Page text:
How

This year’s cull will involve free shooting at bait points; see below for the drawings from the Defra shooting regulations. The bait points are to be more than 30 metres away from a sett. It is our understanding that they aim to shoot about 50 badgers a night in each of the cull zones, an organiser has told us that this will be done one at a time, not in groups as we imagined.
the licence to kill badgers can be read here
it clearly states:

“7. Natural England must be informed immediately, in writing, about any land that is withdrawn or
which otherwise ceases to be eligible to participate in licensed operations. No operations
authorised by this licence may commence unless at least 70% of land in the Control Area, as
defined in Annex A, is accessible for action to be taken under this licence.”

So if we can convince a couple of farmers to pull out, the cull will stop immediately.

Here are the shooting guidelines specific to this cull, with some extracts below:

http://www.defra.gov.uk/publications/files/pb13716-shooting-guidance.pdf

 

Page 1 states “operators must never feel rushed into taking a shot”.  We’re not sure if there will be groups of marksmen shooting a group of badgers; if there are groups then they will have to fire in unison so, inevitably, some of the shooters would have to be rushed in that situation.

 

Page 4 again encourages illegal activity “reduce badger densities (numbers per area) by at least 70%”.  This publication is from Defra so please ask them about it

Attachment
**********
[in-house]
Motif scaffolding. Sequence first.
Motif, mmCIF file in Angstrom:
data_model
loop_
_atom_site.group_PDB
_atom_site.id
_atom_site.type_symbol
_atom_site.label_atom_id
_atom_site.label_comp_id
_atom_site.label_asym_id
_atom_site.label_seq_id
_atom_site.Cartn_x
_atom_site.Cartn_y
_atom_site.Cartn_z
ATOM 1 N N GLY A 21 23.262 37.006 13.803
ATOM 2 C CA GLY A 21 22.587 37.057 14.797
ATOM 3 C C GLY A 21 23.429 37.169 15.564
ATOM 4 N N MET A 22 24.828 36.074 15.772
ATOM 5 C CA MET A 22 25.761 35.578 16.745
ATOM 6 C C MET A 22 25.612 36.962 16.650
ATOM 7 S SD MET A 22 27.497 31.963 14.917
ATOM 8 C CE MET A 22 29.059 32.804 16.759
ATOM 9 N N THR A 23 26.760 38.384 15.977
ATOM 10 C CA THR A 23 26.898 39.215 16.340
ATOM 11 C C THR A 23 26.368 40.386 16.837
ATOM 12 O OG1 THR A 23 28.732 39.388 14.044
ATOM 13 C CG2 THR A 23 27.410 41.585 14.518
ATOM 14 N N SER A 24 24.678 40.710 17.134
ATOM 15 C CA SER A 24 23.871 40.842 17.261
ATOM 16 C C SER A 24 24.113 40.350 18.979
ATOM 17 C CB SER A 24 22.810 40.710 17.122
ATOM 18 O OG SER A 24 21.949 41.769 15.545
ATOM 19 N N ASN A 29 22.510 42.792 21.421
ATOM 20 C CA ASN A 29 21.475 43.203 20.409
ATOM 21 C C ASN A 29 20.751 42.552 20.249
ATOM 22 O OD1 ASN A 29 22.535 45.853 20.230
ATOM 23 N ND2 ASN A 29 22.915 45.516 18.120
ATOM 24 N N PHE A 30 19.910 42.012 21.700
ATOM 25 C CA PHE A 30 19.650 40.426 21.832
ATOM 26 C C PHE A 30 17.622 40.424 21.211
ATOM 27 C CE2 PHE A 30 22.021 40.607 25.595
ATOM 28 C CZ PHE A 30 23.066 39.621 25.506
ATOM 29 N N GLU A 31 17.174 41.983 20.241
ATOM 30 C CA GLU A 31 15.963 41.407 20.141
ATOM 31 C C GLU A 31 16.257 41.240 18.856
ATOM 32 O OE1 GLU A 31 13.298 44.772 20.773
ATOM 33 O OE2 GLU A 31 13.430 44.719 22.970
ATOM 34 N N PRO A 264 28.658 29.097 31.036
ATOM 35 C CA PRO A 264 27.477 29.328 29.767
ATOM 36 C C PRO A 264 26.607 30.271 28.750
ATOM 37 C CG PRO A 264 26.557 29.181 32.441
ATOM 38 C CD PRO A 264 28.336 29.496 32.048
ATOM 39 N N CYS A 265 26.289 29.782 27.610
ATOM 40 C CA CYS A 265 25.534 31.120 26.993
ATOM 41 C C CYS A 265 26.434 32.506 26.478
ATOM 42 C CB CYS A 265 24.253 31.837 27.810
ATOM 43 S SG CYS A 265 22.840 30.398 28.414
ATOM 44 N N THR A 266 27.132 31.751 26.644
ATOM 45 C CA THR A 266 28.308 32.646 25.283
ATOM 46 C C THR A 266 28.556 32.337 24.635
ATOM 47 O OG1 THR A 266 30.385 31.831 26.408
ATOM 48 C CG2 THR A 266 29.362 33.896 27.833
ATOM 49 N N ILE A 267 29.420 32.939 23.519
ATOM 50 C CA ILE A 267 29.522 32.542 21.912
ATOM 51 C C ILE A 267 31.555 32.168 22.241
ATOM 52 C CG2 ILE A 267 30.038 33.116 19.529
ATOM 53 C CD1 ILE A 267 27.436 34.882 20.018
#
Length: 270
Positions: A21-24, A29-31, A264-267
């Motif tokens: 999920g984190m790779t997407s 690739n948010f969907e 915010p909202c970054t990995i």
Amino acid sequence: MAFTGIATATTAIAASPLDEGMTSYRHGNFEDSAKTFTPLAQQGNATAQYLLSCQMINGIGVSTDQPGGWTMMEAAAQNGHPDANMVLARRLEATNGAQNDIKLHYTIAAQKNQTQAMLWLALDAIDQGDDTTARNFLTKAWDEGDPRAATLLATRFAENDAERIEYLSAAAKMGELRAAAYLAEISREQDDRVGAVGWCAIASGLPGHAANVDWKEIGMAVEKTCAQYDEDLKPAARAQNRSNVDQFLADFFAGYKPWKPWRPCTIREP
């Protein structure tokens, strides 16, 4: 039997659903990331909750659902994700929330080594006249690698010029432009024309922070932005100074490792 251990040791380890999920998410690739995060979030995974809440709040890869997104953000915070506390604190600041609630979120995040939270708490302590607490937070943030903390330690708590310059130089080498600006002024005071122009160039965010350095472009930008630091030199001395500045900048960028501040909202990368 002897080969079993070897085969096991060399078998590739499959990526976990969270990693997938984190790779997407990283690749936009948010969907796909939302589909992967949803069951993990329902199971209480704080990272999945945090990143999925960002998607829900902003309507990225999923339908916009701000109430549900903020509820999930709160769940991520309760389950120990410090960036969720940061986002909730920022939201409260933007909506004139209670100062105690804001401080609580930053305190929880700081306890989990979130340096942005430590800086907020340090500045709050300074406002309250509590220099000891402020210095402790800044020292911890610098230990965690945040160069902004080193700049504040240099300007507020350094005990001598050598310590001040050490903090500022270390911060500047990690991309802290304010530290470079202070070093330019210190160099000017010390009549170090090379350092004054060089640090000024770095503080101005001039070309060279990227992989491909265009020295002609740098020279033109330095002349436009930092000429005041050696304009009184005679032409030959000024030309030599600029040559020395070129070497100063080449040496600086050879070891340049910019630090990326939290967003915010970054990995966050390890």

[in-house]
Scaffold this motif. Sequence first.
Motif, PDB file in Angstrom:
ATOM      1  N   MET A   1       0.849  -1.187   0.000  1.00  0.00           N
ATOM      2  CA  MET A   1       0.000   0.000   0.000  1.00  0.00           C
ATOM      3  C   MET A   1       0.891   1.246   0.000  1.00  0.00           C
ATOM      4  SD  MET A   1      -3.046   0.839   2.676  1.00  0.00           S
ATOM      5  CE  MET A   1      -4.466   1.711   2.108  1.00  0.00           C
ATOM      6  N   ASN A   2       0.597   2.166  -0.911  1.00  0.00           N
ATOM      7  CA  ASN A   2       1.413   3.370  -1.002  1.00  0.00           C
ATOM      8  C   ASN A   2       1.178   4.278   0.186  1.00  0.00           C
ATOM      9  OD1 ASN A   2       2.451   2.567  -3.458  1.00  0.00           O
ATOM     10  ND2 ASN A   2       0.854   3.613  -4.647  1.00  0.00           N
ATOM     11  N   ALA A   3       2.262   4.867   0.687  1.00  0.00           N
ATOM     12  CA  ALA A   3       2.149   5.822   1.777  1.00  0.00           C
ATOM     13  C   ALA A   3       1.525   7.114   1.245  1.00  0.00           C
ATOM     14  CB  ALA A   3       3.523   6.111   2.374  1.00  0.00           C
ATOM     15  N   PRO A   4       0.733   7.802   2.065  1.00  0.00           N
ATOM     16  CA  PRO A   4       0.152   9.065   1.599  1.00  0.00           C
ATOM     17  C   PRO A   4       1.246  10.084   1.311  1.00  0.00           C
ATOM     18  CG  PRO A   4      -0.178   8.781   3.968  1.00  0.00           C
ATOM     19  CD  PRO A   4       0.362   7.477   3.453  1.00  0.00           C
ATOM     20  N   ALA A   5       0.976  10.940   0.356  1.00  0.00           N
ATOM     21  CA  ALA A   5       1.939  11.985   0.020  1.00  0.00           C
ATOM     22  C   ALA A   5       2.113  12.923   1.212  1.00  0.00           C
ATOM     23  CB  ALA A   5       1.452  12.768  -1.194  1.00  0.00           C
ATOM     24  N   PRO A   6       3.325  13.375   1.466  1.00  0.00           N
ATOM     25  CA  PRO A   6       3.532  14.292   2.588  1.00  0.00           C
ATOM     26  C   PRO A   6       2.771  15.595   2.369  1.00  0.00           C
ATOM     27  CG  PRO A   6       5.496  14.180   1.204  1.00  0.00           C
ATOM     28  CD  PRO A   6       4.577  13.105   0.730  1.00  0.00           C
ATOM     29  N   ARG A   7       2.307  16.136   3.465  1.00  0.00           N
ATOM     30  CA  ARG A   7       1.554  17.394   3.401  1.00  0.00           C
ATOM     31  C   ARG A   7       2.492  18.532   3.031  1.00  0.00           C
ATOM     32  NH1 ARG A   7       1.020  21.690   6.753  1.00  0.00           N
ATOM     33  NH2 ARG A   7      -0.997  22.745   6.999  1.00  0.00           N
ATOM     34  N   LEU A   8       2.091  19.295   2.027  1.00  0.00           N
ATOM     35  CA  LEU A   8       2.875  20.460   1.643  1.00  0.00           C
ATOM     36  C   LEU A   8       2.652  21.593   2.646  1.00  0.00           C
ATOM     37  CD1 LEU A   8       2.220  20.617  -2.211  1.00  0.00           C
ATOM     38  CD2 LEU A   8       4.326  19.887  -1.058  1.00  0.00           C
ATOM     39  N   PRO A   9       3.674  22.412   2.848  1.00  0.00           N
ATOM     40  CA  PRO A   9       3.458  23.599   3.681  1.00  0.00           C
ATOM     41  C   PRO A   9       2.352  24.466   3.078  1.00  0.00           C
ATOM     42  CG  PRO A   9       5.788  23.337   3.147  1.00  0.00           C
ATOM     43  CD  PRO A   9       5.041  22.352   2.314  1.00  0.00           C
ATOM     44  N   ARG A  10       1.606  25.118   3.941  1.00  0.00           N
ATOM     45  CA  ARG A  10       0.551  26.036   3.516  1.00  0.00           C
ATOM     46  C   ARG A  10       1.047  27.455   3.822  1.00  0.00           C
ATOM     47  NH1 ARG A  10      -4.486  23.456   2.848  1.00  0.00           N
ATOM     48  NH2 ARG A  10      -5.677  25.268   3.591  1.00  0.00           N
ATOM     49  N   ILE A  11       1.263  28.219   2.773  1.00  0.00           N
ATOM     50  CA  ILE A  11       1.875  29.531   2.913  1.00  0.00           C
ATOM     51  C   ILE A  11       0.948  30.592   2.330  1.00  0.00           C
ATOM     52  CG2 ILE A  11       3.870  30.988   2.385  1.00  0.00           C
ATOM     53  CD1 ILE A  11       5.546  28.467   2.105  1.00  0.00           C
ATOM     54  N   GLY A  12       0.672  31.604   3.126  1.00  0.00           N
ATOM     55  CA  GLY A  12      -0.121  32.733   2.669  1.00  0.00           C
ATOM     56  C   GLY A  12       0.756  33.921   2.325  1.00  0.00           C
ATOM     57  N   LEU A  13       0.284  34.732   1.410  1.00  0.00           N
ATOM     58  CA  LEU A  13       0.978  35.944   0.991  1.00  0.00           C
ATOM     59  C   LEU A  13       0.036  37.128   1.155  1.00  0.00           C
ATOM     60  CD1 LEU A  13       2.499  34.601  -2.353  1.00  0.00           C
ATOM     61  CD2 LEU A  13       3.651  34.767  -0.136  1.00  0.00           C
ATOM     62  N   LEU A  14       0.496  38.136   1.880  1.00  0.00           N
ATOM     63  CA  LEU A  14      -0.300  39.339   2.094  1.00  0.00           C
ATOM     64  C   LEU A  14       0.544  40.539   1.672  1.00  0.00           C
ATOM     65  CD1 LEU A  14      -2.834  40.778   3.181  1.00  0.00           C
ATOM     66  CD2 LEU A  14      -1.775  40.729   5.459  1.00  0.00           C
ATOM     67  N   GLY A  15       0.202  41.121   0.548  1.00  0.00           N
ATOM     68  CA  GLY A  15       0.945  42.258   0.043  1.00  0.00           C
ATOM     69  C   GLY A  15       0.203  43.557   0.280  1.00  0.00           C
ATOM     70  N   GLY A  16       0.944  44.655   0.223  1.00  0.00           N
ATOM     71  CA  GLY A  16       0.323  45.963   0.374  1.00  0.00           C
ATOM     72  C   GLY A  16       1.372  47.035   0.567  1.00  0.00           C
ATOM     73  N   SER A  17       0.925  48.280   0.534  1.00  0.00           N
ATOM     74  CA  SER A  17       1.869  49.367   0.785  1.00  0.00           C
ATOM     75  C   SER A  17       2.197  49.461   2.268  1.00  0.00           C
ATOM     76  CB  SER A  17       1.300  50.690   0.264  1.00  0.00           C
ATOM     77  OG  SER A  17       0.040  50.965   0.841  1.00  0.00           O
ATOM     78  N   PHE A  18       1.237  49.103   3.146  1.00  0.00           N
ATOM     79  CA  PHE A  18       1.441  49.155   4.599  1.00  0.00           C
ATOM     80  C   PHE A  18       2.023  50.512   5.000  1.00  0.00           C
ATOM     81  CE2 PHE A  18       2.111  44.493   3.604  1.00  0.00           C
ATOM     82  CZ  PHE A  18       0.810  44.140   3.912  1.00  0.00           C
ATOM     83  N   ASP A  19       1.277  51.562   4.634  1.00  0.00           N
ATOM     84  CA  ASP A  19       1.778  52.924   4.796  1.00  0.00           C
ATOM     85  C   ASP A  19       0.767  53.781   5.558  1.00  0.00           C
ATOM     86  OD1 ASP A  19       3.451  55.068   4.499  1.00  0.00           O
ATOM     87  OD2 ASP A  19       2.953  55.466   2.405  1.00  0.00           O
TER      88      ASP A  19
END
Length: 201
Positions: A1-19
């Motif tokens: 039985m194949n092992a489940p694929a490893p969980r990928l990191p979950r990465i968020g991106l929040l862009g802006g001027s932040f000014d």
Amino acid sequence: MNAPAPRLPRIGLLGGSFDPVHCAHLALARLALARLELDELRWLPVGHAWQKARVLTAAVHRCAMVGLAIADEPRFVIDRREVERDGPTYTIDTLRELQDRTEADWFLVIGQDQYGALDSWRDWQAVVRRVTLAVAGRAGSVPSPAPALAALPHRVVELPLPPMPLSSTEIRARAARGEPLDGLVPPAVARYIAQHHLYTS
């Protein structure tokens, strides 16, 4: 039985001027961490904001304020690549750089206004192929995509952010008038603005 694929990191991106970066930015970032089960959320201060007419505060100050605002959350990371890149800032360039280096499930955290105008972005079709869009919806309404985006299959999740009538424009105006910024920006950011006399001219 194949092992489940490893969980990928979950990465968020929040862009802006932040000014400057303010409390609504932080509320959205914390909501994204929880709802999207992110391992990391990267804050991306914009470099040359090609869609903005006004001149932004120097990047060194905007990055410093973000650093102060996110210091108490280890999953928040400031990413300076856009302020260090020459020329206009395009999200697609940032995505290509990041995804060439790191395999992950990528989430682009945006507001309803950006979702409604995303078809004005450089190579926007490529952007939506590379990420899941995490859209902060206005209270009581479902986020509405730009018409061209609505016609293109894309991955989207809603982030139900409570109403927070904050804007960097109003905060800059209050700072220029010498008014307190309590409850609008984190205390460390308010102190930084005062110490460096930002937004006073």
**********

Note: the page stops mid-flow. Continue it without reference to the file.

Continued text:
and from Page 8:

Badger Figure 1

Figure 1: The circle shows the target site for a heart-lung shot from a broadside angle.

 

Badger Figure 2

Figure 2: Badger in walking posture. Even if the animal is only at a slight angle to the shooter the forelimb can obscure a large part of the target area making a lethal shot more difficult

 

35. Because of the slant of the shoulder blades, the elbow travels somewhat further backwards than in foxes and deer, and consequently when the fore-leg is in the vertical position, the heart/lung area will be temporarily obscured by a robust bony limb (Fig. 2). The heavy fringe of fur on the foreleg may further obscure the precise point of aim. The angle of the badger relative to the shooter will also alter the effective size and position of the target area on the surface of the animal. The further the animal is from a full broadside view the smaller the target area will appear and the less certain accurate shot placement becomes (see Fig. 2). Shots must only be taken when the animal is stationary, when the target area is clearly visible and the animal is more or less broadside on, so the shooter is confident of an accurate and humane shot.

36. The head of an otherwise stationary animal may be moving, or move without warning. An animal is likely to move its head if it becomes aware of potential danger, or as it checks its surroundings. Because of this, and the very small lethal target area, a head shot presents an unacceptable risk of wounding and must not be attempted. In addition, the neck is relatively long and the bony processes of the vertebrae are short, so the neck presents a target line only about 2.5cm (1 inch) thick. The risk of non-fatal injury therefore makes a neck shot unacceptable in any circumstances.

 

 

You can find out more specifics of how the cull will work on this news article